The tender process is one that too many building practitioners in the industry continue to abuse.
They maybe not abuse it intentionally, but they are no doubt guilty of ignorance at what the objectives are in the tender process. Their use of the process is a far cry from the more common definition of “tender”:
Cruelly, the way the building industry plays the game, tendering is executed without much love, and certainly with no compassion or sympathy to the hard working mums and dads forced into securing their futures through such an inequitable, unfair and poorly administered process.
The building industry’s interpretation of the tender process is so misunderstood by the majority of the players that the ineffectiveness is now so far out of control and the waste of time and money no longer represents value for the consumer. Nor are there many positive benefits or advantages for the participants, whether the head contractor, sub-contractor, suppliers, consultants or the industry in general.
The predominant failure of the current system is due more to ignorance in recognising what the tender process is designed to do and capable of delivering; it simply fails the famous ‘Pub Test’ of delivering genuine value and fairness from its application/adoption.
In today’s market, a tender is typically put together by inexperienced, sometimes non-commercial people with little or no knowledge of what’s important to the client. This said, the majority of building contractors use their estimating departments as the entry point for college graduates and other would be participants into the industry. This runs contrary to the pre-requisite skills, experience, knowledge of the construction process/buildability issues, programming, commercial competency and investment advice required – all of which an unsuspecting property investor is ultimately being burdened with.
Revered and respected builder AV Jennings would turn in his grave if he could see the charade that is purported by the cost clerks that are being engaged to assemble a commercial offers for inclusion in a building contract.
Beyond that, it’s hard to say a tender has any significant value given that it has co contractual status, and is only an offer to treat. Hence sub-standard tender documents are accepted in the bidding phase (opening the doors later to variations involving time and cost claims), heavily qualified bids and a reluctance of the builder to provide adequate assessible information in the form of trade breakdowns, technical data and names and experience of site personnel and trade contractors. These factors have rendered the process almost totally benign.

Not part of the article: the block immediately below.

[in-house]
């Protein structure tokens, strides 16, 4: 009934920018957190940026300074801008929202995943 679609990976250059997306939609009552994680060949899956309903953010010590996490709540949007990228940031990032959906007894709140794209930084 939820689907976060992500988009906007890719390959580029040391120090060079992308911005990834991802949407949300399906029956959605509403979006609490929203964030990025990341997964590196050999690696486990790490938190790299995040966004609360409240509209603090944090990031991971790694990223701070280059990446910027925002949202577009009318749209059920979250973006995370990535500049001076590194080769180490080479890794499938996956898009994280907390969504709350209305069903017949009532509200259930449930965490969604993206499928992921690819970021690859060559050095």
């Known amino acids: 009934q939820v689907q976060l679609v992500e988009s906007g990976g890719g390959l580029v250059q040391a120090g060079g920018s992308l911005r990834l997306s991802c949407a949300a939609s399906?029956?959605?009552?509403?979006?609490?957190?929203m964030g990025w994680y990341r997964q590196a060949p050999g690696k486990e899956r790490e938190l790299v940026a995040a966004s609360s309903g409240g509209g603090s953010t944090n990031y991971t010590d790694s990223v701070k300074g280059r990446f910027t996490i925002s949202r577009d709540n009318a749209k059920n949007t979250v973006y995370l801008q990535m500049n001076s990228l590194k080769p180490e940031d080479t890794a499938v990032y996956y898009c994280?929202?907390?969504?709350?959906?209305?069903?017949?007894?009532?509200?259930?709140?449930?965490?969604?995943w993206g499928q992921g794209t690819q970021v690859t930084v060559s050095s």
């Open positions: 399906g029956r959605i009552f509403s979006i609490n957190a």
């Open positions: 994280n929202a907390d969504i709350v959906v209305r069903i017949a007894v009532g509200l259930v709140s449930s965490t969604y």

In the absence of a more open, fairer and rewarding/non-adversarial procurement process, the builder has few options and is effectively committed to playing a game of risk-on-risk with no purposeful outcome. The tender process has degenerated into a game (without a clear outcome), absent of a set of rules (the tender code in virtually unenforceable), without a captain (lack of leadership due to the tripartite nature of the industry), and totally devoid of a coach (the notion of genuine strategic objectives in an ‘unwinnable game’ speaks for itself).
The acknowledgement that the tender process is part of the overall game is clearly proven following the comparison of the start price (the tender proposal) and the final delivered cost (the completed project value). The tender game (as practiced by the greater proportion of builders) is often disguised or muddied by the extensive negotiation following the tender receipt and post tender negotiations associated with tender clarifications, completion time, actual price, compliant/conforming bid, and then the contractual conditions (sometimes qualified in the bid, other times in the attempt to abate “risk” to the one person who in reality seeks the reward for taking such risks).
All have proven to provide escape doors for a builder to exploit when playing the game, with the only injury being to his or her professional standard and the treat that “we’ll never use you again”, a threat which often only lasts until you make another mistake that is too good to refuse.